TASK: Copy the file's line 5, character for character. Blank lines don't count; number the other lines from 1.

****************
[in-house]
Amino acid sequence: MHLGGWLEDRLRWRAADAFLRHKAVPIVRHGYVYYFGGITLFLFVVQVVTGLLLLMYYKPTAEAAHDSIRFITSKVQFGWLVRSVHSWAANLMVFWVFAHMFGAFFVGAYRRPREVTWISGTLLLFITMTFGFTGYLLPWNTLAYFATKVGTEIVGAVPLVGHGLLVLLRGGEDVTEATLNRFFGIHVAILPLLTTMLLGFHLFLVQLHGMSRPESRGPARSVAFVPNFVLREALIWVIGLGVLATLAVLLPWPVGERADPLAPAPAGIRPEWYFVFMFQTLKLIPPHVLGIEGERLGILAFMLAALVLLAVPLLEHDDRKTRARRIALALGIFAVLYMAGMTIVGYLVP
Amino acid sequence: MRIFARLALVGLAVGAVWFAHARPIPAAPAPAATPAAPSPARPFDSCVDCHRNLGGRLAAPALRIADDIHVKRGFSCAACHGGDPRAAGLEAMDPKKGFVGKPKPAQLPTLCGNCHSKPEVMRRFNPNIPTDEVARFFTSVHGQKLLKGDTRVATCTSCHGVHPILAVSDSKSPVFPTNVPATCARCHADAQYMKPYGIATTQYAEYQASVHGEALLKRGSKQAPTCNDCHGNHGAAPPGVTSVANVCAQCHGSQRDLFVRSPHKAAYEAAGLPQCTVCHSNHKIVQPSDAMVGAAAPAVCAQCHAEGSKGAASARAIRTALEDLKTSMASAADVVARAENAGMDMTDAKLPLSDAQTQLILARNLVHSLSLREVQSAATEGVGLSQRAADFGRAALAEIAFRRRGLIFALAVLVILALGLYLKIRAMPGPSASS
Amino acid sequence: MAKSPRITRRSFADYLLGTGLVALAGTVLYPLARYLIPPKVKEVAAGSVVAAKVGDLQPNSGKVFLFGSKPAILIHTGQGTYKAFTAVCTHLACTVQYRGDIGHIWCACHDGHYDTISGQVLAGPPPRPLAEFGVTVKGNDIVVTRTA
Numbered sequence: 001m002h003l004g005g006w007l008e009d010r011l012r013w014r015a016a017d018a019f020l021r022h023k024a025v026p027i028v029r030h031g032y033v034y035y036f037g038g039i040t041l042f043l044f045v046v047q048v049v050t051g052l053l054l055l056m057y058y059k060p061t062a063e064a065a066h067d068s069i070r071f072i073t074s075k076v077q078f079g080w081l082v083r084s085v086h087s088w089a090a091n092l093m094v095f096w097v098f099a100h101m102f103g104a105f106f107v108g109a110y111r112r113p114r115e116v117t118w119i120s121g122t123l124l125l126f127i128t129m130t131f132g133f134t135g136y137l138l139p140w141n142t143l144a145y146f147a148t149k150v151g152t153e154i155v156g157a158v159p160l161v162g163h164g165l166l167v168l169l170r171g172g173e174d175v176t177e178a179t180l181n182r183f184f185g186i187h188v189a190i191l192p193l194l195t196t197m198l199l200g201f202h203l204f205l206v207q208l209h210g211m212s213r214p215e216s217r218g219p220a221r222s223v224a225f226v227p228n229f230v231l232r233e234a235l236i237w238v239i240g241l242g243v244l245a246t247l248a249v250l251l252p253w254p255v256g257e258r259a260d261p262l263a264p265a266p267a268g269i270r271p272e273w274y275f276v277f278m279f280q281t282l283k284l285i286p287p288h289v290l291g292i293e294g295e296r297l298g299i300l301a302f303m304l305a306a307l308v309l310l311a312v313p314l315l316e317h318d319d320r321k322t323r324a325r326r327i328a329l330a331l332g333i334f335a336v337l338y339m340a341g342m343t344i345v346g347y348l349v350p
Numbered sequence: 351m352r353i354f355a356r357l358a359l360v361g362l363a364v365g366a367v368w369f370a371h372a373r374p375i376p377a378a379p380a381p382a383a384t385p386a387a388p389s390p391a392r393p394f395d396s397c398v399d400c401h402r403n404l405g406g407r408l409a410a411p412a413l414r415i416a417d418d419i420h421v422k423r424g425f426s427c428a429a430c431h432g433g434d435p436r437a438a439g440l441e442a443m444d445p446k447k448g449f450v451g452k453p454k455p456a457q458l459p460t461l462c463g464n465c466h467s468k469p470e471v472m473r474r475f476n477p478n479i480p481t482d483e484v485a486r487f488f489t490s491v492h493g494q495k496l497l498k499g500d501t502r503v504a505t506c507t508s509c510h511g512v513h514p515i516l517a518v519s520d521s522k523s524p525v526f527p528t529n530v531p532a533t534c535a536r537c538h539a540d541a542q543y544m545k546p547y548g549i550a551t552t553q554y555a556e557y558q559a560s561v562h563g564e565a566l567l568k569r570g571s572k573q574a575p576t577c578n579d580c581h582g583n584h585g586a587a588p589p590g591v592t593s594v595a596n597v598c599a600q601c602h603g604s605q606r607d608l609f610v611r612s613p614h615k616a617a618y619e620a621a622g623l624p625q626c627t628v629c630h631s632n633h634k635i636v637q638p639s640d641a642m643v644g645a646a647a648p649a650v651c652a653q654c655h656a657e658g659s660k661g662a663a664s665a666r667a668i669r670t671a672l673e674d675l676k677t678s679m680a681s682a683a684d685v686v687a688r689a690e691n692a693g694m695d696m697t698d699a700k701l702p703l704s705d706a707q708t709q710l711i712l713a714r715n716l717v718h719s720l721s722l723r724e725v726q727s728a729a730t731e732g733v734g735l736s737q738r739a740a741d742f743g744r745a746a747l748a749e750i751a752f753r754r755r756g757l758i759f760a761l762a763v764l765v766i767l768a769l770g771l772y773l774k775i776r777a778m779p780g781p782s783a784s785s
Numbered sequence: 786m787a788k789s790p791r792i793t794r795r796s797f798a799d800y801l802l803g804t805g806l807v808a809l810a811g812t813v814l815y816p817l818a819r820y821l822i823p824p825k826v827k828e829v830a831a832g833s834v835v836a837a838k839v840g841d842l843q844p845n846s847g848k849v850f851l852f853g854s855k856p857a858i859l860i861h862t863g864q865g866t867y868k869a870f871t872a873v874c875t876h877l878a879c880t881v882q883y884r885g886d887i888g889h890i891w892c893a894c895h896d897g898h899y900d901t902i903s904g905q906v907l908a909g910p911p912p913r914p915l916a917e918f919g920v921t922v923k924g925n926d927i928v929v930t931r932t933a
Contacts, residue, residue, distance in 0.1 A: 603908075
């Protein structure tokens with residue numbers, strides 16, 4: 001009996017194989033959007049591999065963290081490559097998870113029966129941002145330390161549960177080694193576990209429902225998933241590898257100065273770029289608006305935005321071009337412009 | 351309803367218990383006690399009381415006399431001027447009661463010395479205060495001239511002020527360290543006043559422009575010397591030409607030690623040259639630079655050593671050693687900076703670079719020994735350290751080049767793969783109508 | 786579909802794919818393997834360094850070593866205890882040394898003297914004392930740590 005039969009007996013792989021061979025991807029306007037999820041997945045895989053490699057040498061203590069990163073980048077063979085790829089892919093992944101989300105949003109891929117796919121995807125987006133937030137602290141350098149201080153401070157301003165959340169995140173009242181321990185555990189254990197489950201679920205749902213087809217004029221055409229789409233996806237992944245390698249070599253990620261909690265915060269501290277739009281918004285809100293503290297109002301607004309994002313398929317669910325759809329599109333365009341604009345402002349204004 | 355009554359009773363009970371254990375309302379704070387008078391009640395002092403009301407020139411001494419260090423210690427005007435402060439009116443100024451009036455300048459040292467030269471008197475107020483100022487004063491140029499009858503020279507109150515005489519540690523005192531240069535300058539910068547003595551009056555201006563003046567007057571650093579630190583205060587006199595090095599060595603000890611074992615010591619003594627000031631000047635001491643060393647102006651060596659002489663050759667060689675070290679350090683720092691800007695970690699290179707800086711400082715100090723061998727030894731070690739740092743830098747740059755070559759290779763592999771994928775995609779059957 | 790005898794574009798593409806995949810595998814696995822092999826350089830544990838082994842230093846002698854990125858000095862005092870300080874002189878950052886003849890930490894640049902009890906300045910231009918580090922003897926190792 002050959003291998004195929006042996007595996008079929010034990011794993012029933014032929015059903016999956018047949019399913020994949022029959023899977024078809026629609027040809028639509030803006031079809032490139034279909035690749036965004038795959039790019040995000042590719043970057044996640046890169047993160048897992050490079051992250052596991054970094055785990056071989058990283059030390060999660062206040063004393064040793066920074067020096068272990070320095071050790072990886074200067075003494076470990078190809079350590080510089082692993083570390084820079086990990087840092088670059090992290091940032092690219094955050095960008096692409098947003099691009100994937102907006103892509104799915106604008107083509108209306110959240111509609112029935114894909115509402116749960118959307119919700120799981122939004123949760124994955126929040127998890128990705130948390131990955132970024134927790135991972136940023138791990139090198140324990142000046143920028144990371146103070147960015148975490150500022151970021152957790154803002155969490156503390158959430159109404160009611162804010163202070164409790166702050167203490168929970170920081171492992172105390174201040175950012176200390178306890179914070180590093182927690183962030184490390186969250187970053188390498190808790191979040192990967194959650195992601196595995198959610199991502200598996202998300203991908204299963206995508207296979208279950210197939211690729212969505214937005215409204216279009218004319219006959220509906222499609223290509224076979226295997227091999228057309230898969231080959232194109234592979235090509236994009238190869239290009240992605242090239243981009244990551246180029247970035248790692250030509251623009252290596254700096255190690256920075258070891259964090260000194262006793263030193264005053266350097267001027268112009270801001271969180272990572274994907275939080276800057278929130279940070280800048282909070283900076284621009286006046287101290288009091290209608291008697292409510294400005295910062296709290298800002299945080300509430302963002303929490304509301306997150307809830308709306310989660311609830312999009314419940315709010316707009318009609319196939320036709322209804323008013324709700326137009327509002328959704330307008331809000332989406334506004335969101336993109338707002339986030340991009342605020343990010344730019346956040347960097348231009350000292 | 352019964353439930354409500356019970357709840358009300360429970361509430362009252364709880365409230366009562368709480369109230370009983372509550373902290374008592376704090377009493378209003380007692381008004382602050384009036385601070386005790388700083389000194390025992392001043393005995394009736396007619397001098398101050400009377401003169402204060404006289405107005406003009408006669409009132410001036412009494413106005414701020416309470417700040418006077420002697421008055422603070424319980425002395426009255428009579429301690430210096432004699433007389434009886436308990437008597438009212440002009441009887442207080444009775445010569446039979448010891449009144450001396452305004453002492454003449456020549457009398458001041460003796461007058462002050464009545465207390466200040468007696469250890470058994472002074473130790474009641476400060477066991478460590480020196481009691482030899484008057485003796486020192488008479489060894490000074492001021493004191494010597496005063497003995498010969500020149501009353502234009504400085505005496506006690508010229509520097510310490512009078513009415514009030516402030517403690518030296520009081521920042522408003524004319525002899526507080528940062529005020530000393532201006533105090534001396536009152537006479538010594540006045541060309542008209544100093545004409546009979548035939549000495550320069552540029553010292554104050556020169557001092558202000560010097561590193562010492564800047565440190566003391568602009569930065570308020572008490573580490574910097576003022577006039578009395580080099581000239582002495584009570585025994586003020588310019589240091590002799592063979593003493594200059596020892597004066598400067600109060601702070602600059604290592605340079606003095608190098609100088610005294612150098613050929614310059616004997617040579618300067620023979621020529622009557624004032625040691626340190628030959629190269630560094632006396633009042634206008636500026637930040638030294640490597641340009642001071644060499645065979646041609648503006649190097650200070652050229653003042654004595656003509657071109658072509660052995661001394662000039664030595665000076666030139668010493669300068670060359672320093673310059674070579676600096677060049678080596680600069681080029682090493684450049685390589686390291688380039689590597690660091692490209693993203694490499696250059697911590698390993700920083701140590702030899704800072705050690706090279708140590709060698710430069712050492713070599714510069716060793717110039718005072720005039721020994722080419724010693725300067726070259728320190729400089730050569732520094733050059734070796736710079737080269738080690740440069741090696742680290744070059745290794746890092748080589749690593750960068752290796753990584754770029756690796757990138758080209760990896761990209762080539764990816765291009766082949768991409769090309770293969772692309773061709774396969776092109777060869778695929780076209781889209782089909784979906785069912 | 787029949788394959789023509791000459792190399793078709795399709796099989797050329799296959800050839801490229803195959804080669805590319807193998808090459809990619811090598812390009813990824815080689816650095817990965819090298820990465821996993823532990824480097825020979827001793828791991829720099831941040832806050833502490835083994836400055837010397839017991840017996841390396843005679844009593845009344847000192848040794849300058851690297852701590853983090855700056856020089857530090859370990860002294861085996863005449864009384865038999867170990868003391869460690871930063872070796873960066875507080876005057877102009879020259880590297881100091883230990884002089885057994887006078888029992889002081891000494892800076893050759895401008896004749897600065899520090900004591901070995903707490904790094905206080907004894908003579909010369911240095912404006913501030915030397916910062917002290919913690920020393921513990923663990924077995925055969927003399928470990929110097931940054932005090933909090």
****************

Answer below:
Numbered sequence: 001m002h003l004g005g006w007l008e009d010r011l012r013w014r015a016a017d018a019f020l021r022h023k024a025v026p027i028v029r030h031g032y033v034y035y036f037g038g039i040t041l042f043l044f045v046v047q048v049v050t051g052l053l054l055l056m057y058y059k060p061t062a063e064a065a066h067d068s069i070r071f072i073t074s075k076v077q078f079g080w081l082v083r084s085v086h087s088w089a090a091n092l093m094v095f096w097v098f099a100h101m102f103g104a105f106f107v108g109a110y111r112r113p114r115e116v117t118w119i120s121g122t123l124l125l126f127i128t129m130t131f132g133f134t135g136y137l138l139p140w141n142t143l144a145y146f147a148t149k150v151g152t153e154i155v156g157a158v159p160l161v162g163h164g165l166l167v168l169l170r171g172g173e174d175v176t177e178a179t180l181n182r183f184f185g186i187h188v189a190i191l192p193l194l195t196t197m198l199l200g201f202h203l204f205l206v207q208l209h210g211m212s213r214p215e216s217r218g219p220a221r222s223v224a225f226v227p228n229f230v231l232r233e234a235l236i237w238v239i240g241l242g243v244l245a246t247l248a249v250l251l252p253w254p255v256g257e258r259a260d261p262l263a264p265a266p267a268g269i270r271p272e273w274y275f276v277f278m279f280q281t282l283k284l285i286p287p288h289v290l291g292i293e294g295e296r297l298g299i300l301a302f303m304l305a306a307l308v309l310l311a312v313p314l315l316e317h318d319d320r321k322t323r324a325r326r327i328a329l330a331l332g333i334f335a336v337l338y339m340a341g342m343t344i345v346g347y348l349v350p